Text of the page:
While there is greater public awareness of the technology, for most businesses outside of gaming or retail, there is a lack of clear use cases for the technology, at least in the short term. In the more challenging business environment of 2023, we expect to see such projects either being put on hold or having to demonstrate a clear path to ROI. Priorities will shift to business critical areas, such as security and improving the use of data.
Having said this, we can still expect to see some interesting developments in 2023, particularly in entertainment and retail. We’ve already seen successful examples of immersive entertainment, such as when Ariana Grande held a concert in Fortnite, and we can expect to see other artists try to break into the space. Retailers will continue to experiment with the technology – brands such as Dior, Ralph Lauren, Gucci and Bloomingdales are offering their products in the metaverse, which is allowing them to be known and purchased in the virtual world, similar to the real world.
Data will drive new shopping and ecommerce experiences
We’ve seen companies start to use more complex data analytics and machine learning algorithms to further enhance the digital shopping experience for their users. Stitch Fix for example, is a personalized styling service that sends users clothing recommendations based on their size, interests, and budget. Stitch fix uses AI and machine learning to learn someone’s interests, and to further enhance the personalized styling recommendations, which will come up with an outfit that the user will actually want to wear. Stitch Fix relies heavily on algorithms for their clients interests, their stylists recommendations, and also to keep track of their warehouse inventory.
Related to this, we can expect to see more and more mobile apps take advantage of AI technology. Already with the use of algorithms, chatbots, personalized searches, AI is a major part of everyone’s mobile experience. We can also expect to see more augmented reality technology developed to make shopping for users easier. From Zenni’s 3D virtual try on to Amazon’s AR view for furniture, having AR accessible in mobile devices is extremely useful for users looking to make a quick decision on a purchase.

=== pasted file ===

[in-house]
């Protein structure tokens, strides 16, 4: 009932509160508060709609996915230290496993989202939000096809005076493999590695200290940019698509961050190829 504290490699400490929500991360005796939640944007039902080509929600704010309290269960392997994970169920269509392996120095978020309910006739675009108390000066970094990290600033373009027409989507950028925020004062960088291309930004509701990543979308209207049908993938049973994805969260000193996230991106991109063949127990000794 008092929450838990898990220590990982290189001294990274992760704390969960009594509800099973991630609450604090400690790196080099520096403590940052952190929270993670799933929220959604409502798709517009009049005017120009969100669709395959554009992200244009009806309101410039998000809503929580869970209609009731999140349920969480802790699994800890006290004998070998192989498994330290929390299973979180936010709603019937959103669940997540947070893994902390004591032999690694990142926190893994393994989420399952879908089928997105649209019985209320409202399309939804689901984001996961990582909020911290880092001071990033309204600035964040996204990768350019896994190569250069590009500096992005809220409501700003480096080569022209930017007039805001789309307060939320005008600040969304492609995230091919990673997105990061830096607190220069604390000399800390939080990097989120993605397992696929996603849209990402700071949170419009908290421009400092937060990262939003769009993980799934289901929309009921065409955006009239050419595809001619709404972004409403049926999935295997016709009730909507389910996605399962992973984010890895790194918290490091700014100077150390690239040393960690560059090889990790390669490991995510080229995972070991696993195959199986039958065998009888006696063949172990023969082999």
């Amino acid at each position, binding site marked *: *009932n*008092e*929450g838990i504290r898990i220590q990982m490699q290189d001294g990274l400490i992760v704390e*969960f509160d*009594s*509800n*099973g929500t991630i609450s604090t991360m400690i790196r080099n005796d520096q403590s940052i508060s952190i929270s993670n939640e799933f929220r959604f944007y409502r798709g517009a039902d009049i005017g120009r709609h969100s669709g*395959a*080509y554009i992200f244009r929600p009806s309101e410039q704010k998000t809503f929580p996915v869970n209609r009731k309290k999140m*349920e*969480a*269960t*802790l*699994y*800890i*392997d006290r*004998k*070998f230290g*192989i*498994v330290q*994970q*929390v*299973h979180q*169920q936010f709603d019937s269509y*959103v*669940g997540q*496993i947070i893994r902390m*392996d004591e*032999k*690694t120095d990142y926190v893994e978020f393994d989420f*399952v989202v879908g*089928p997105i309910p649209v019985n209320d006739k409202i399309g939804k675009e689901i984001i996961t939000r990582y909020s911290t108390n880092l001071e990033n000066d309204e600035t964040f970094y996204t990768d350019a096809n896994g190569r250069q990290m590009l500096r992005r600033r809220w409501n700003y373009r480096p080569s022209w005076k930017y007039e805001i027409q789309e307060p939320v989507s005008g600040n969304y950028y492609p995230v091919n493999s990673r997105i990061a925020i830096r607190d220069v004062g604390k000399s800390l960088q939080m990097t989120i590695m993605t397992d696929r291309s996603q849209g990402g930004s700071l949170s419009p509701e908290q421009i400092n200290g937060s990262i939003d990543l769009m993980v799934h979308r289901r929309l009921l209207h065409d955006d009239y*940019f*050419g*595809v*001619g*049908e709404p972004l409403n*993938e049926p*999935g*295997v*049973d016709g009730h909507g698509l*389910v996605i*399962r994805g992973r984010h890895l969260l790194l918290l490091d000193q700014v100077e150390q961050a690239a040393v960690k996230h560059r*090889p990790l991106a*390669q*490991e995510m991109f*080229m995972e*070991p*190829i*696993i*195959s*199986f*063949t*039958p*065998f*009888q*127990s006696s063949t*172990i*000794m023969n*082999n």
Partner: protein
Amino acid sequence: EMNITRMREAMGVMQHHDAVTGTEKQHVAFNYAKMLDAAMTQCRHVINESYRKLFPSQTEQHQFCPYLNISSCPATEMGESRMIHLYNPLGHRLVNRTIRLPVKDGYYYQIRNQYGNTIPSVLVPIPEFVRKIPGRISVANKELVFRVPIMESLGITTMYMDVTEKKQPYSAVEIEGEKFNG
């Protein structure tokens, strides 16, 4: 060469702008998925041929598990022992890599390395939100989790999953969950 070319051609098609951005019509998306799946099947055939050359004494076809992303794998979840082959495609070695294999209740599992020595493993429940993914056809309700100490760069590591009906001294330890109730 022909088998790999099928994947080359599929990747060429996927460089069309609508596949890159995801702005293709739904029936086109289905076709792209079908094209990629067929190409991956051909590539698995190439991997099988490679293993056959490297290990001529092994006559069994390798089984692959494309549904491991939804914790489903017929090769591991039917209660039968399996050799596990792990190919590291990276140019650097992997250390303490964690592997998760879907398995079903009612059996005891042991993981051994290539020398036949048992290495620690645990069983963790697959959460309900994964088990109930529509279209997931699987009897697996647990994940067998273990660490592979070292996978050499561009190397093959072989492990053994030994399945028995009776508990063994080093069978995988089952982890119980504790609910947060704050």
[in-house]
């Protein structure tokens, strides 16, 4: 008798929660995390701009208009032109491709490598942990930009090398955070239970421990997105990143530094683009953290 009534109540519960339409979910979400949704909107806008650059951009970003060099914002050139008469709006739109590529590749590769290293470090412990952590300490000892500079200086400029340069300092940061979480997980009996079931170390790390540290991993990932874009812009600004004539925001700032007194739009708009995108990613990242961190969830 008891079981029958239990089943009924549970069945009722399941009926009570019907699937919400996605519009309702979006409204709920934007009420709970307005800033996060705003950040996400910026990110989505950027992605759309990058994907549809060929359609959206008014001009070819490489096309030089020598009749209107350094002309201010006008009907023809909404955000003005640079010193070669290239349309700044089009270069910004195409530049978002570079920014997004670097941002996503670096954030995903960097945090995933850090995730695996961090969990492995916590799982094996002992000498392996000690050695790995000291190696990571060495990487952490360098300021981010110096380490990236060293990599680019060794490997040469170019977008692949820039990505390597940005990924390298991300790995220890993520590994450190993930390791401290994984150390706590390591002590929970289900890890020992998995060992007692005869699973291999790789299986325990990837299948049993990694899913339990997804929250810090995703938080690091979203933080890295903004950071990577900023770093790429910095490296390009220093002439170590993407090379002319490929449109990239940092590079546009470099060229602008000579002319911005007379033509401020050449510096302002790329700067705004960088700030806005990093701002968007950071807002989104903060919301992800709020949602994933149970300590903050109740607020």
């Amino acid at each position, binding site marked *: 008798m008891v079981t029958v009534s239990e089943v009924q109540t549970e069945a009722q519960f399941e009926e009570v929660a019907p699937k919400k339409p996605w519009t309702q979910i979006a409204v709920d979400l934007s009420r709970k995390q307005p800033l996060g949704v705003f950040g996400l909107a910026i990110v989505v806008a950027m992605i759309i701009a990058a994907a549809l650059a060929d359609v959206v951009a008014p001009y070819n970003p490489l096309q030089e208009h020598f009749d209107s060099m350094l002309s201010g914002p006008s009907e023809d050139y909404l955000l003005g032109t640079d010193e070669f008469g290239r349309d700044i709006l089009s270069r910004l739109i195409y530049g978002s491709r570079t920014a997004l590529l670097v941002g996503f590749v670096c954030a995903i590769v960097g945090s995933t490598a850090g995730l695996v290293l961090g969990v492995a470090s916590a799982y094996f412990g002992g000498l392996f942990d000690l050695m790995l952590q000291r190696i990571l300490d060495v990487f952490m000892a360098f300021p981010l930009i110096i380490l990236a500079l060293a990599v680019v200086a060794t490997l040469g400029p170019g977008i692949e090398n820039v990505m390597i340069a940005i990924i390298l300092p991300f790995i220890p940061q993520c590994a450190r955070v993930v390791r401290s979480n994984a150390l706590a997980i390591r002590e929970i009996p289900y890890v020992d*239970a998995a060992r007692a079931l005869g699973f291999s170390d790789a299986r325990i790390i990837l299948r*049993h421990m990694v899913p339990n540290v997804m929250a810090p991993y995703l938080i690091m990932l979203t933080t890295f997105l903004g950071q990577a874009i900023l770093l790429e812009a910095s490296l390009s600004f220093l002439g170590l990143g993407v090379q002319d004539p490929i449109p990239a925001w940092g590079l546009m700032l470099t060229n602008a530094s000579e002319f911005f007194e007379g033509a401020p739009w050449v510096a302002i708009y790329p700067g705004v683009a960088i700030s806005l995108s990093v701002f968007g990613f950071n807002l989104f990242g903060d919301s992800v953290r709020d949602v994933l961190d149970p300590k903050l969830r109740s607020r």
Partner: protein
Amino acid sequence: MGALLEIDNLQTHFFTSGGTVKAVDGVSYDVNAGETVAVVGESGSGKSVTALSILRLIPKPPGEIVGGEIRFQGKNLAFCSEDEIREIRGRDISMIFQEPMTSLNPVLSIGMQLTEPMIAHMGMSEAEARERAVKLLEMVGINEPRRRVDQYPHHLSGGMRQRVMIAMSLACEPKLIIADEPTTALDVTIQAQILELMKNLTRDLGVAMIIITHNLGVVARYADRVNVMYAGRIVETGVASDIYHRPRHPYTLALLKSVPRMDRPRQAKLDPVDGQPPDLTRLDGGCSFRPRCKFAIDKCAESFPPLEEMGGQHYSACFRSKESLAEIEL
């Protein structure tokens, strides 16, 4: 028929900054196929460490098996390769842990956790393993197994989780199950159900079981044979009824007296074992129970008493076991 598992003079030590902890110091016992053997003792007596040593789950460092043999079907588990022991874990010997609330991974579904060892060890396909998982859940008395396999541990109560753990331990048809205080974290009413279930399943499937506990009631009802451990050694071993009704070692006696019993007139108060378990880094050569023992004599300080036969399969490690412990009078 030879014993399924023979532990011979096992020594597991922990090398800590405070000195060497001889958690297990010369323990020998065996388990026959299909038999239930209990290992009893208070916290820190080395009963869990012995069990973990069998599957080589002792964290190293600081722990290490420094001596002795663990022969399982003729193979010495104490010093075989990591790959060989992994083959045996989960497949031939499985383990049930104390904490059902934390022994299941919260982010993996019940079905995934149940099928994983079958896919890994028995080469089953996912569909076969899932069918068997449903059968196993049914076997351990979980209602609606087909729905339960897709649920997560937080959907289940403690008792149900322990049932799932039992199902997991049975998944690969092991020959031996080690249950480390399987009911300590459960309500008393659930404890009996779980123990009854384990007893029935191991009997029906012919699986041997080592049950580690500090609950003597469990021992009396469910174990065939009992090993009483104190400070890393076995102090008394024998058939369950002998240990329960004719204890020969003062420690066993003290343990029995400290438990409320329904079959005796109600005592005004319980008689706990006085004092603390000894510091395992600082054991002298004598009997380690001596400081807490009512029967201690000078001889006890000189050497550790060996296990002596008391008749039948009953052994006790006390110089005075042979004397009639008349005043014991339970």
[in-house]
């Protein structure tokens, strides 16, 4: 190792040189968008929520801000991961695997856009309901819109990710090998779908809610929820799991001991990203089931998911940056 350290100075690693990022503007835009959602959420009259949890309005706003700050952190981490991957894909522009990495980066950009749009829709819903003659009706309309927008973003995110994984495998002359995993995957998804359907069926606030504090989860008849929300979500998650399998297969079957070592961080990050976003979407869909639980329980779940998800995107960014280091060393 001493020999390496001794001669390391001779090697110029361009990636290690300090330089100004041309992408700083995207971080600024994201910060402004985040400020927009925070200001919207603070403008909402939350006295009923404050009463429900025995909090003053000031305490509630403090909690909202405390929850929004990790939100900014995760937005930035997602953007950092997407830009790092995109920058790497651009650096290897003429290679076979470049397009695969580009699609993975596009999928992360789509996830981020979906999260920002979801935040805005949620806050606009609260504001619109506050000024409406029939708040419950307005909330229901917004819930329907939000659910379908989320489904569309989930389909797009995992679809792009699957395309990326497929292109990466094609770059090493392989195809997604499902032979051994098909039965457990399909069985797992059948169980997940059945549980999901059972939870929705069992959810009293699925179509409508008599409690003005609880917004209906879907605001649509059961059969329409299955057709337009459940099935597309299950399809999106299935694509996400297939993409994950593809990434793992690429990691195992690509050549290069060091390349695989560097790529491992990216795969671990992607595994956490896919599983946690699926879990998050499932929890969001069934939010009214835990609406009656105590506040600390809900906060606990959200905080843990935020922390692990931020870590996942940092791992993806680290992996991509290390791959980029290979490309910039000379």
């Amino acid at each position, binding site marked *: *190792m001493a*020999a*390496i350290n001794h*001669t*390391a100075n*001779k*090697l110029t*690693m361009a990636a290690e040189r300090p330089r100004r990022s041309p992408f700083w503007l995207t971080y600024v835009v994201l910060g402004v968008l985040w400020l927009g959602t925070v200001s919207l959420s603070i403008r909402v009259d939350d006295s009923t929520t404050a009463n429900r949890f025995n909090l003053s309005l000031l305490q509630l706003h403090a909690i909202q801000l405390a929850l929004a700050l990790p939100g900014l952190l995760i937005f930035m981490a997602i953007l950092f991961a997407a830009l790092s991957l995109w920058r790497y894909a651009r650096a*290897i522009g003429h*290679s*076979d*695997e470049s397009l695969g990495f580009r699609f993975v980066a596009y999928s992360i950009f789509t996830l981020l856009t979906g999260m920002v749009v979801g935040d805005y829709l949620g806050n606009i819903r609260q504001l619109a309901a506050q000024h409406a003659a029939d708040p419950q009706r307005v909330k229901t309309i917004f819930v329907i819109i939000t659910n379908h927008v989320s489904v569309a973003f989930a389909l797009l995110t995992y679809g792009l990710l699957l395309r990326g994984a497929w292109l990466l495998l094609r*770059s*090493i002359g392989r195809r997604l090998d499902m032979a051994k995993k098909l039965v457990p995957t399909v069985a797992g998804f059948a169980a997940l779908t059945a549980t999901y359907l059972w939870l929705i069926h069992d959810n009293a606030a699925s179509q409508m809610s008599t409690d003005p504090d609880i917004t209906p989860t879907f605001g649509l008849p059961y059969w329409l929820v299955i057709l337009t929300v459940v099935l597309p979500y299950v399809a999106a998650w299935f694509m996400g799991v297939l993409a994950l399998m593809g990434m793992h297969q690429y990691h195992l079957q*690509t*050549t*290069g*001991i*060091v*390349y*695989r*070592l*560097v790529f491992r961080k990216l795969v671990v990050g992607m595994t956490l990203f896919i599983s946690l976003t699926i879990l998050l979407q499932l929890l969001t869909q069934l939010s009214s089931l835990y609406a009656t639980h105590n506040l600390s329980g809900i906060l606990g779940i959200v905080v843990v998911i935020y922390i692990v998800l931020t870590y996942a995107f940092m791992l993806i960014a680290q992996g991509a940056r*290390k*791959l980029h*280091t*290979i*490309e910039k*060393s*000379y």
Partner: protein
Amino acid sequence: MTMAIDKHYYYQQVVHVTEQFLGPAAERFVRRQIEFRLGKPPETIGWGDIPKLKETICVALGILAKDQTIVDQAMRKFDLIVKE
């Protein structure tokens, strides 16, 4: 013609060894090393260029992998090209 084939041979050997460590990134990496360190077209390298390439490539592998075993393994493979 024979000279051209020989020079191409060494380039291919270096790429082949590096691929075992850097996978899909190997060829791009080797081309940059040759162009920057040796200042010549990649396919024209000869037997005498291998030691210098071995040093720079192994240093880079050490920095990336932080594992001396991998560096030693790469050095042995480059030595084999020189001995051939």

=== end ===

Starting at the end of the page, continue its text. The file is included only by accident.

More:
Mobile payments continue their rise, although fintechs will need to prioritize
The industry analysts at Forrester argued that due to the possible economic downturn in 2023, that we’ll see the comeback of cash, and that consumers will increasingly shift to “buy now, pay later” options, such as with credit cards. While the argument is clear, we don’t fully agree. The ease of convenience of mobile payments, particularly with proximity payments, means a reversal back to cash is unlikely. In addition, the latest economic figures from the US show solid growth in the fourth quarter of 2022, and inflation easing.
The shift to mobile payments isn’t slowing down anytime soon, and we can expect continued investments from financial services firms and fintechs to continue to drive innovation. Similar to our thoughts about the metaverse, much of this investment focus however will go towards modernizing fintech platforms, rather than experimenting with very novel, niche payment experiences.
A challenging year ahead, but still significant opportunities
2023 will be a year full of exciting opportunities for tech-based businesses and technology enthusiasts ahead. If you would like to discuss any of the trends in greater detail, or would like to know how Moove It’s experts can help you navigate the changing landscape, don’t hesitate to let us know!